Intravenous ampicillin sodium and sulbactam sodium were administrated. Passive tetanus and rabies immunization was undertaken. After brief debridement and copious irrigation of the wound with saline and povidone-iodine solution, the patient had an ultrasound that showed the testes and epididyms of normal appearance. In the operating room and under a general anaesthesia, the wound was irrigated with thorough debridement. Scrotal wound at the right hemiscrotum was noted (Figure 1). A huge haematocele infiltrated the entire perineal area. Surgical exploration was undertaken to ensure testicular integrity. Both hemiscrotums were explored. A wide right haematocele was present, and careful examination of the testis and epididymes and spermatic cord showed no anomalies. Contralateral exploration was performed to evaluate conditions in the left testis. No signs of trauma were noted. Thereafter, we found a complete pullout of all erectile bodies: the corpora spongiosum, cavernosa at their bony insertions, and whole anterior urethra. Profuse bleeding occurred after removal of the huge hematoma at the insertion of the corpora cavernosa for a full exploration. Therefore, we decided to proceed to catheterization of the urethra at its membranous part (the remaining distal end of the urethra) by a Foley catheter. The haemostasis at the insertion of the penis was then performed by stitches. We proceeded to the placement of a Penrose drain. The scrotal wound was closed, since there was no sign of infection. A cystotomy catheter was inserted with a compression bandage to the perineum. A phalloplasty was performed from the remaining penile shaft with a scrotal flap (Figure 3). However, in a second step, a final phalloplasty will be performed with a groin flap. A penile prosthesis will then be implanted. The Penrose drain was removed on the second postoperative day, and the patient was discharged on the seventh postoperative day, when no signs of infection were noted. Wide-spectrum antibiotics and analgesics were maintained for 7 days. Psychological support was provided to the patient by psychiatric consultations first in our urology division, then, after being discharged.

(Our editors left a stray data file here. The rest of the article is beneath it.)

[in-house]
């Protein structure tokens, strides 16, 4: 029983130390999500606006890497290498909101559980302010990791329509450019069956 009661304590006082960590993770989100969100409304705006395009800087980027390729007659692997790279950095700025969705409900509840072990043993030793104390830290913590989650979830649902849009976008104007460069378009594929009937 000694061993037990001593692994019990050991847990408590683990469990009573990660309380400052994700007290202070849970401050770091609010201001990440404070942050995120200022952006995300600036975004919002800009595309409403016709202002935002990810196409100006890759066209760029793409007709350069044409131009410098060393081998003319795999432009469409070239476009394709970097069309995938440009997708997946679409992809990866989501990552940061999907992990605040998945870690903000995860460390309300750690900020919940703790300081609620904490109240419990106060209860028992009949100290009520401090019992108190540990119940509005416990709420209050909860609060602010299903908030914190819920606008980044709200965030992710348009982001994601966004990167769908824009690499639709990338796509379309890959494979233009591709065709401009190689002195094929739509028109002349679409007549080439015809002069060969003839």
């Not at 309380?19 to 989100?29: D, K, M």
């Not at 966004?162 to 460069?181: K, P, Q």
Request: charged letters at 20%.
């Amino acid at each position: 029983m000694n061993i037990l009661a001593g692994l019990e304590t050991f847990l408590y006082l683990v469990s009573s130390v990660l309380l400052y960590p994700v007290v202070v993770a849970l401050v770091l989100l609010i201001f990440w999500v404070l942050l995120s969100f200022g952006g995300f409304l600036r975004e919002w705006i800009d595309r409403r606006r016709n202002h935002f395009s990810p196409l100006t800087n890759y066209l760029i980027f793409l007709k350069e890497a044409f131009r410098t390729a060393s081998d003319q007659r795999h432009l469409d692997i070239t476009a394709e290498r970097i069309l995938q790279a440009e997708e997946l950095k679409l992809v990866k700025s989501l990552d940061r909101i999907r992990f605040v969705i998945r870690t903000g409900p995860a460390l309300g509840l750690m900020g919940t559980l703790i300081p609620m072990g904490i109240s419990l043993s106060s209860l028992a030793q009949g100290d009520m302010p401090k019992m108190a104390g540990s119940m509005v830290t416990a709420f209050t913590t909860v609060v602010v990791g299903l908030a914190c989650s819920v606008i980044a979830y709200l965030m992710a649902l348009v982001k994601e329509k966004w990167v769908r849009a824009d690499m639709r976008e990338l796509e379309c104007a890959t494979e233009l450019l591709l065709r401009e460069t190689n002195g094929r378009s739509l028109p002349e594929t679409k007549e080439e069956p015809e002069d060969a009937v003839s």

A perineal urethrostomy was planned, with the consent of the patient, after complete resorption of the hematoma.
Genital trauma due to animal bite is rare. Wolf et al. presented 4 new cases of dog bite and reviewed 4 previously reported cases . Cummings and Boullier reported on 8 patients treated for dog bite of the scrotum . However, in the largest series in the literature, Gomes et al. reported 10 new cases. Of the 2 men and 8 boys 8 were attacked by dogs, 1 by a horse, and 1 by a donkey, respectively . But no patient of this series has been severely bitten by a mule. Dog bites are a common form of trauma in the United States with an incidence of 12.9/10,000 individuals. Children have a 3.2-fold higher bite rate than adults .